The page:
A. Benjamini, Inc. v. Dickson – Case Brief Summary (Texas)

A. Benjamini, Inc. v. Dickson (Tex.App. 1999) 2 S.W.3d 611, involved William Dickson, a consignor, his consignee Houston Gems & Appraising (HGA), and Kenneth Rosenbaum, an employee of HGA.

Rosenbaum, who had unfettered access to the contents of the consignee's safe, took gems belonging to Dickson from that safe and sold them to a third party, Jonathan's Fine Jewelers, who in turn sold them to another person, A. Benjamini, Inc.

The reviewing court acknowledged the rule that "where the real owner, by some act or conduct vests the possession and right to personal property apparently in the seller, he thereby estops himself from setting up a claim to the property as against the purchaser for value without notice. " ( Id. at p. 613.)

"Therefore," said the court, "the question on appeal is whether Dickson's act of consigning the diamonds to HGA clothed Rosenbaum with an indicia of ownership, such that Dickson is estopped from claiming superior right to the diamonds against Benjamini and Jonathan's, good faith purchasers." (Ibid.)

The appellate record in that case demonstrated that Rosenbaum had business cards that were imprinted with his and HGA's names, and he had conducted transactions with Jonathan's Fine Jewelers in the past by stating he was acting on behalf of HGA and presenting his business card. When he presented the stolen gems to Jonathan's, he was accompanied by a woman whom he represented to be the true owner of the gems.

Rosenbaum and the woman represented to Jonathan's that she had inherited the gems and wished to sell them. He did not state he was acting on behalf of HGA, although Jonathan's mistakenly made the assumption that he was. Jonathan's did not verify with HGA that Rosenbaum had authority to broker the gems, nor did it ask the woman for testamentary letters showing ownership.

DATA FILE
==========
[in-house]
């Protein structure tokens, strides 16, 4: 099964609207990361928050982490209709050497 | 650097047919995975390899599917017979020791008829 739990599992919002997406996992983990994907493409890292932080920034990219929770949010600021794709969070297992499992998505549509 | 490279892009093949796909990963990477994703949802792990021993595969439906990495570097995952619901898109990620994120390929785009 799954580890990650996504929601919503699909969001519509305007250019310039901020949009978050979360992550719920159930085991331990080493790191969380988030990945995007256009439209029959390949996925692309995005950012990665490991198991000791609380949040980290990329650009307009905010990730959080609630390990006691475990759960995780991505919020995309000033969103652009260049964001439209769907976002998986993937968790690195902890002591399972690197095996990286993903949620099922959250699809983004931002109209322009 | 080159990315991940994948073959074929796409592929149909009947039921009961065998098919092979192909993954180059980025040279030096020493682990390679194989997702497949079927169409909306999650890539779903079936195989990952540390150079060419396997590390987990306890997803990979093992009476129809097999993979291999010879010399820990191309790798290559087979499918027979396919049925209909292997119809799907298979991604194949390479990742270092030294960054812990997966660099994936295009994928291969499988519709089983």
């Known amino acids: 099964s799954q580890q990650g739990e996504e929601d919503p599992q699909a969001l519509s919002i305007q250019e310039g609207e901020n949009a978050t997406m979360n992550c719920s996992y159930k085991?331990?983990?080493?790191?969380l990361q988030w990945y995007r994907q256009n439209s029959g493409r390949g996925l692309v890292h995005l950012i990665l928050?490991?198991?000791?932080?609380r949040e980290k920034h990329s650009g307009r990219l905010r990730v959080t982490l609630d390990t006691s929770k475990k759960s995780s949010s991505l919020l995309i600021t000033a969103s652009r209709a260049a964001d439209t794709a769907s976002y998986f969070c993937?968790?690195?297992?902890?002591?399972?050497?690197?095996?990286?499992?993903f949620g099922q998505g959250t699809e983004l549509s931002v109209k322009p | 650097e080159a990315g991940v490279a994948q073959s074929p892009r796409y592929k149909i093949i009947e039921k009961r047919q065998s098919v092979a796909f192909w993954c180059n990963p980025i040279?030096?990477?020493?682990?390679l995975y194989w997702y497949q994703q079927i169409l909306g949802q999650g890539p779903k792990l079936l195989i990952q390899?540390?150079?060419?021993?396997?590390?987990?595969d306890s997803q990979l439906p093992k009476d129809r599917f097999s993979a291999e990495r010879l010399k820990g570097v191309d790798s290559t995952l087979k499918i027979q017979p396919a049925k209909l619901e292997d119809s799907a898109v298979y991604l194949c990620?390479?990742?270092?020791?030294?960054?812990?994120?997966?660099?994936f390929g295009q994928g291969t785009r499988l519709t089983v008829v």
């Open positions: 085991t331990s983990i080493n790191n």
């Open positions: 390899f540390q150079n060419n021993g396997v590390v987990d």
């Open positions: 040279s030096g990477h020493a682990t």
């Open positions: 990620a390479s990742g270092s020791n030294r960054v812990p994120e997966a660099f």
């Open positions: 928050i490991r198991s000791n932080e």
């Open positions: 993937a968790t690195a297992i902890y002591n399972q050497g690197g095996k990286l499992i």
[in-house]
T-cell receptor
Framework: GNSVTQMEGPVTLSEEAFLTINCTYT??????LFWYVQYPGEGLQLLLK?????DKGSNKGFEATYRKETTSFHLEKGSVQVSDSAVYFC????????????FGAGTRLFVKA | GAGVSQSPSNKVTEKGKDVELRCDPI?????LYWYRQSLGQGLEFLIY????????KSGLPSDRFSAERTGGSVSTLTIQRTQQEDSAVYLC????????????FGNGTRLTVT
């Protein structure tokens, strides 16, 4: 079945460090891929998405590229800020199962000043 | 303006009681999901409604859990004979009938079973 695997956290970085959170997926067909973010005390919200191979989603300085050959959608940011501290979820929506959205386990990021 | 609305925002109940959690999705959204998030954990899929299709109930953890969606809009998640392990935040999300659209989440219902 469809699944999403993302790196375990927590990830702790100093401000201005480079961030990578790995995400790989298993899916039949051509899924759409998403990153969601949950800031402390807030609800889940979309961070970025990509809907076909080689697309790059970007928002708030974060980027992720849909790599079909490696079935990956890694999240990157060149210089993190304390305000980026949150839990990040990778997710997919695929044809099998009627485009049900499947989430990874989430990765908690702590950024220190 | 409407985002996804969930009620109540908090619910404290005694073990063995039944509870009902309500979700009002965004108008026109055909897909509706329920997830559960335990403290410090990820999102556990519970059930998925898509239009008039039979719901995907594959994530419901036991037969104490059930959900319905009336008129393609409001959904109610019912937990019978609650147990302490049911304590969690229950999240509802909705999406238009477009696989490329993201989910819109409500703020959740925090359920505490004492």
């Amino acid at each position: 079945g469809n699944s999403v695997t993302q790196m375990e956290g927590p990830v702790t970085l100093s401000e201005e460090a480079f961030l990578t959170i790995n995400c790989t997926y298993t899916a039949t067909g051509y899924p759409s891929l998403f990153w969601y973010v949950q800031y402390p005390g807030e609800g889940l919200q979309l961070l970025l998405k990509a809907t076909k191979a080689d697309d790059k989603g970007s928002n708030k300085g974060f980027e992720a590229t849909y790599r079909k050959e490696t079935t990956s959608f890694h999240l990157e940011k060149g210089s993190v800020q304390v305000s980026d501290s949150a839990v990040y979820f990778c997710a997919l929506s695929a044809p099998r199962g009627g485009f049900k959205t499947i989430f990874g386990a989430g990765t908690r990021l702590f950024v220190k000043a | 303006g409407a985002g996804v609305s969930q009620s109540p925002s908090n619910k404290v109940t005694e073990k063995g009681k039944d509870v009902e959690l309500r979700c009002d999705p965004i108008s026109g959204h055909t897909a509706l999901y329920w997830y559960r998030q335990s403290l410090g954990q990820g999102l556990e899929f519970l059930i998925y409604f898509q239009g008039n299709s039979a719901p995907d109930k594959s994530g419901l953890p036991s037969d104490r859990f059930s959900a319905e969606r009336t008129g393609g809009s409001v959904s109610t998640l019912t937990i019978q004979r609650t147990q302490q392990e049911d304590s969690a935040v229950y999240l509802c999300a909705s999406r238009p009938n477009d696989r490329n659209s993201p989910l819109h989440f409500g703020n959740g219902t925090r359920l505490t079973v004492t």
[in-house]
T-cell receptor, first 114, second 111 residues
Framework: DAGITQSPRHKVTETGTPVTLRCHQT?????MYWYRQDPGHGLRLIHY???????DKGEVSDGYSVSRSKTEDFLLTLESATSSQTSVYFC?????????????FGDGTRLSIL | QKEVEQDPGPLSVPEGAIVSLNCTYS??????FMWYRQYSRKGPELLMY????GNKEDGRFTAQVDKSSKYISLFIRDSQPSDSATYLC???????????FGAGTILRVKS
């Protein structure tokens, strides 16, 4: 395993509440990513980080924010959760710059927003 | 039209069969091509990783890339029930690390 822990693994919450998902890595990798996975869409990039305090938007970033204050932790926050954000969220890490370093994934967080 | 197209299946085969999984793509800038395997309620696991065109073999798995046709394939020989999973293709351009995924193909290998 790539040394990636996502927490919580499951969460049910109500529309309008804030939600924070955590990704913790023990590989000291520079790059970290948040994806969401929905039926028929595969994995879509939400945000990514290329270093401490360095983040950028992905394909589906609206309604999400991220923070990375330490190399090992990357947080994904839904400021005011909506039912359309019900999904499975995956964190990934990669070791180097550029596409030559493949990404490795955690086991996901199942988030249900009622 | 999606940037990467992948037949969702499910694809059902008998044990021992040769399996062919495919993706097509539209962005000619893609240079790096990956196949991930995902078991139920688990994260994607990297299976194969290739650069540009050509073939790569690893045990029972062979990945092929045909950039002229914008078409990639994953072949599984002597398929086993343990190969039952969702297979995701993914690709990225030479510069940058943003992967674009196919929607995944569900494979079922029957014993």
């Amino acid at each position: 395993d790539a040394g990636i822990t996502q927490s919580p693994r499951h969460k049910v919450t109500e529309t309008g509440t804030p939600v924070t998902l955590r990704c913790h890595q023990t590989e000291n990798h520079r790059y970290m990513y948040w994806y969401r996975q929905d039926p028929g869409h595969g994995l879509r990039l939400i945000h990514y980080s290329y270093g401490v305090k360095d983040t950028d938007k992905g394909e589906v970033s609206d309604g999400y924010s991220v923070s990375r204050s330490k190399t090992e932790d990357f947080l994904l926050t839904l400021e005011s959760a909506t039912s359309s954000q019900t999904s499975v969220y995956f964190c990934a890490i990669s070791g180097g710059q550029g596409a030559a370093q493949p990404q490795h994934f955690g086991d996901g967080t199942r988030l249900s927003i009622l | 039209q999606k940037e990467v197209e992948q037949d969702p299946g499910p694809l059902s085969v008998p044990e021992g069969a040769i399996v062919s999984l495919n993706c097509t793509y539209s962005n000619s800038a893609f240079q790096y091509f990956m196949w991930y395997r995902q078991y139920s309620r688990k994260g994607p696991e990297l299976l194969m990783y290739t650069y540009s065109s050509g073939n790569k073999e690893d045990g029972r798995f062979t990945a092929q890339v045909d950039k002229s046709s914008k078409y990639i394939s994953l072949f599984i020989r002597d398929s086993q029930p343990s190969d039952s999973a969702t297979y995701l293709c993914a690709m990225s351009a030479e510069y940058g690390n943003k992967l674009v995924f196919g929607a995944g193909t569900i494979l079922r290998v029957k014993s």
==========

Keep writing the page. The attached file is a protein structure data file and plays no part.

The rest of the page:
Moreover, Jonathan's issued checks to Rosenbaum as an individual for the gems. Further, there was no evidence that Dickson vested Rosenbaum with possession of the gems for the purpose of selling them. Based on this state of the record, the court concluded Dickson was not estopped from claiming a superior right to the diamonds over Jonathan's and Benjamini. ( Id. at pp. 613-614.)

In A. Benjamini, the consignee's employee had an established business relationship with the initial buyer of the stolen gems such that when the employee acted in a manner that was different from his past transactions with the buyer (the employee did not present the consignee's business card, he did not state he was acting on behalf of the consignee, and he had the payment checks issued to himself), the buyer was no longer entitled to presume (as he mistakenly did) that the employee was acting on behalf of the consignee when he sold the gems.

Thus, the buyer could not reasonably claim that he believed the employee had authority from his employer to sell the gems.

And since the consignor of the gems had never voluntarily conferred upon the consignee's employee the apparent right to possess the gems as an owner or an agent with authority to sell them, the court rightfully declared the consignor was entitled to have them returned to him.